EU trade deal could un­ravel

Few dwell any more on CETA’s neg­a­tives

The Hamilton Spectator - - COMMENT - Thomas Walkom ap­pears in Torstar news­pa­pers.

The Cana­dian gov­ern­ment has suf­fered an­other set­back in its elu­sive search for a trade and in­vest­ment deal with the Euro­pean Union. The EU’s top court has con­firmed that in at least one con­tro­ver­sial area, such deals must be ap­proved by all 28 of the or­ga­ni­za­tion’s mem­ber states.

Since some EU mem­bers, such as Bel­gium, re­quire the con­sent of re­gional as well as na­tional leg­is­la­tures, this con­firms Ot­tawa’s worst fears: The Com­pre­hen­sive Eco­nomic and Trade Agree­ment be­tween Canada and the EU must be okayed by no fewer than 38 sep­a­rate Euro­pean par­lia­ments be­fore it comes into full ef­fect.

Tues­day’s rul­ing by the Court of Jus­tice of the Euro­pean Union was os­ten­si­bly about a 2013 free trade deal be­tween Sin­ga­pore and the EU. But it sets a prece­dent for sim­i­lar yet far more im­por­tant pacts, in­clud­ing CETA.

In ef­fect, the court ruled that any deal al­low­ing for­eign in­vestors to chal­lenge na­tional gov­ern­ments, such as the pro­posed in­vest­ment court sys­tem within CETA, must be unan­i­mously ap­proved by all EU states.

The in­vest­ment court sys­tem, some­times called the in­vestor-state dis­pute mech­a­nism, would al­low for­eign com­pa­nies to chal­lenge do­mes­tic laws that threaten their prof­itabil­ity. It has long been a flash point in Europe.

Point­ing to Canada’s sorry ex­pe­ri­ence with a sim­i­lar sys­tem un­der the North Amer­i­can Free Trade Agree­ment, crit­ics ar­gue — cor­rectly — that it lets for­eign in­vestors over­ride demo­crat­i­cally elected leg­is­la­tures.

In an ef­fort to ap­pease these crit­ics, the EU agreed last year to treat CETA as “mixed” pact that re­quires ap­proval from in­di­vid­ual mem­ber states as well as pan-na­tional Euro­pean in­sti­tu­tions.

Tues­day’s court of jus­tice rul­ing ce­ments that po­lit­i­cal de­ci­sion in law.

Last year, Canada and the EU also agreed to re­write the in­vestor-state dis­pute res­o­lu­tion sys­tem to make it sound more ju­di­cial. That wasn’t enough to mol­lify the crit­ics, so they then agreed to post­pone what they had by then named the in­vest­ment court sys­tem and press ahead with the rest.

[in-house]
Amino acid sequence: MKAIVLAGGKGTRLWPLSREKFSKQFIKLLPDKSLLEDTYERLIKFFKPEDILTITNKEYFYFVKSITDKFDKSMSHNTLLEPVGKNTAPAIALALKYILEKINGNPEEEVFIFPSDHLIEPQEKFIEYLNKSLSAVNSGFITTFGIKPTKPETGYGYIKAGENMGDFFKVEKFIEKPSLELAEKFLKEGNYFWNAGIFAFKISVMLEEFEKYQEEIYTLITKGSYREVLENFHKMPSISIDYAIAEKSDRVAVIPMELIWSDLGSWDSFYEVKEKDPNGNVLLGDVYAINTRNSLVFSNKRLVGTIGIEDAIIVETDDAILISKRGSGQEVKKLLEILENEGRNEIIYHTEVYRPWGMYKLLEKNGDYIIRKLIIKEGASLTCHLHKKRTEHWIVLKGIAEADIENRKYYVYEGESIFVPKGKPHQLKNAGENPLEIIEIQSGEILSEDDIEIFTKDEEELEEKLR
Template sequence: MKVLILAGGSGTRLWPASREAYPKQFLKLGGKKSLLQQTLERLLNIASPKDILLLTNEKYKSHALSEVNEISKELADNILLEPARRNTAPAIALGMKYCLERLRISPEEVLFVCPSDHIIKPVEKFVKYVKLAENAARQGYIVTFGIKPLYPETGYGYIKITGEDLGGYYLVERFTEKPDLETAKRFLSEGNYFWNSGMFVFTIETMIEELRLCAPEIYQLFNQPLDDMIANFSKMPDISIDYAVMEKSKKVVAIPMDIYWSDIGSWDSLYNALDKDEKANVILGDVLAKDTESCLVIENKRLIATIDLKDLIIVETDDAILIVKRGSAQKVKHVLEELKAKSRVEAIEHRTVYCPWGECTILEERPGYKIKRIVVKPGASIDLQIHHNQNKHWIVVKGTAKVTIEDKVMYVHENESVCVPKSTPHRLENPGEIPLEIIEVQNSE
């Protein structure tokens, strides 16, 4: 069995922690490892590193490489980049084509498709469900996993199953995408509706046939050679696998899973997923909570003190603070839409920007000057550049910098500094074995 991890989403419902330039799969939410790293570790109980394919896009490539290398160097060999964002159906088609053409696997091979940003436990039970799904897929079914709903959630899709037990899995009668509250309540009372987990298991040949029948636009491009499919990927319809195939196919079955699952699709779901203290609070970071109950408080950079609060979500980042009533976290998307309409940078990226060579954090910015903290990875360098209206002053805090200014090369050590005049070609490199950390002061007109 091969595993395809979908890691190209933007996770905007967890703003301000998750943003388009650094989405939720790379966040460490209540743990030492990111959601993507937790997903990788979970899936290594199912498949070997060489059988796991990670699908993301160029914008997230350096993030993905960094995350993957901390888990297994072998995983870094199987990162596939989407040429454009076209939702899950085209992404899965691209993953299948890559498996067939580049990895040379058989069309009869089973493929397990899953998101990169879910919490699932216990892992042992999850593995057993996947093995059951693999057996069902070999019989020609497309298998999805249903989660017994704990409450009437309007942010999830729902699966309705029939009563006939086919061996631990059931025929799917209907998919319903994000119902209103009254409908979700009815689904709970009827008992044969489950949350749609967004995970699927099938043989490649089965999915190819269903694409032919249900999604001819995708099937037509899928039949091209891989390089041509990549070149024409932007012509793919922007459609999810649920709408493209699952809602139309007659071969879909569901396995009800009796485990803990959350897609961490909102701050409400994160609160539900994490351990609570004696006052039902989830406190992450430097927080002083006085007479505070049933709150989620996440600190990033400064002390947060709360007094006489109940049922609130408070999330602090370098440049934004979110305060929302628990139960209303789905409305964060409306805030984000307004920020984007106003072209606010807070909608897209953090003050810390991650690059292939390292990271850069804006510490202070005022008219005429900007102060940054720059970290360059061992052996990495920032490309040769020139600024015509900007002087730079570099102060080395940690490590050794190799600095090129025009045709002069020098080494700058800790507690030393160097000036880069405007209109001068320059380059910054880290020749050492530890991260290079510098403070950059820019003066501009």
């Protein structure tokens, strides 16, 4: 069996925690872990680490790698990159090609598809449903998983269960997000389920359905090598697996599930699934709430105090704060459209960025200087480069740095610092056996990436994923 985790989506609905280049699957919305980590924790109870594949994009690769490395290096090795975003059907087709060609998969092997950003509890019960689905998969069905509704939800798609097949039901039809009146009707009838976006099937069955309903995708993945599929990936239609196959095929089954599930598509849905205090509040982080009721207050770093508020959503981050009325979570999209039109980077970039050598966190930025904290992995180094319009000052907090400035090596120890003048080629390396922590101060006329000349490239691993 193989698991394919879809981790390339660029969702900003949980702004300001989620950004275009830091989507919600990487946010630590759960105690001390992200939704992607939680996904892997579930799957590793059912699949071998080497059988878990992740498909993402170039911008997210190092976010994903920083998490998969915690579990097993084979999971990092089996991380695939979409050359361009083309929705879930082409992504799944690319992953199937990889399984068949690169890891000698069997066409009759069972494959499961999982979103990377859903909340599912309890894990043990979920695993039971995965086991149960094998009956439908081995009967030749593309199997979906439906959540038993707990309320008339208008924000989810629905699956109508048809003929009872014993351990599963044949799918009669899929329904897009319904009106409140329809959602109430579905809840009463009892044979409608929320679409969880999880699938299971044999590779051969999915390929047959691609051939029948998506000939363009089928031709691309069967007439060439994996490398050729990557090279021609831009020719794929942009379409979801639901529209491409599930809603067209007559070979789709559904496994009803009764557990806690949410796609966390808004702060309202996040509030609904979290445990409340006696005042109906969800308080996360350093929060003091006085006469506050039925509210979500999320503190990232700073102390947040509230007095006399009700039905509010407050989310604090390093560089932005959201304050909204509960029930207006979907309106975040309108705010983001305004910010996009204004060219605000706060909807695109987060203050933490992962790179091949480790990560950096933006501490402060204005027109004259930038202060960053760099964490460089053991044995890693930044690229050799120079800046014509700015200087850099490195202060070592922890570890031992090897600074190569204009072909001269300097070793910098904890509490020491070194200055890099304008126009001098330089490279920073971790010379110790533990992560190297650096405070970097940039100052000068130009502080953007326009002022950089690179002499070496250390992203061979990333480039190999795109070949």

In Canada, a bill to im­ple­ment CETA has passed both houses of Par­lia­ment and awaits royal as­sent.

In Europe, the deal has been rat­i­fied by the Euro­pean Par­lia­ment. That was a vic­tory of sorts. Last fall, it nar­rowly es­caped be­ing scup­pered by the Wal­loon re­gion of Bel­gium.

Still, for some­thing that has been so ten­ta­tive, CETA is bragged about end­lessly.

Its pas­sage has been re-an­nounced count­less times on both sides of the At­lantic.

Stephen Harper’s Tories boasted about it when they were in power. Now Justin Trudeau’s Lib­er­als do the same, laud­ing it as an ex­em­plar of the mod­ern trade and in­vest­ment treaty.

The gov­ern­ment says CETA show­cases how open Canada is to the world — by which it means how un­like Don­ald Trump.

Here at home, few dwell any more on CETA’s neg­a­tives, such as the rise in drug prices its in­tel­lec­tual pol­icy pro­vi­sions will en­cour­age.

Nor is there much fret­ting any more about pro­cure­ment poli­cies in CETA that will pre­vent mu­nic­i­pal­i­ties from favour­ing lo­cal busi­ness.

In most Cana­dian me­dia, CETA is treated as a good thing — a kind of feisty Per­ils-of-Pauline hero­ine who man­ages to es­cape in the nick of time from as­sorted Wal­loons, Trump fanciers and other pop­ulist vil­lains.

But it re­mains very much an in­com­plete ar­range­ment. Gus Van Harten, an Os­goode Hall trade ex­pert and law pro­fes­sor, says the court rul­ing con­firms that CETA’s in­vestorstate dis­pute sys­tem won’t be fi­nal­ized any time soon.

“By im­pli­ca­tion,” he wrote in an email Tues­day, “it has been hasty for the fed­eral gov­ern­ment to be push­ing ap­proval of CETA in full in Par­lia­ment on Canada’s be­half.”

Van Harten calls the as-yet-unim­ple­mented in­vestor court sys­tem a ma­jor loose end.

He’s right. It is one that could ul­ti­mately un­ravel the en­tire pro­vi­sional agree­ment.

THOMAS WALKOM

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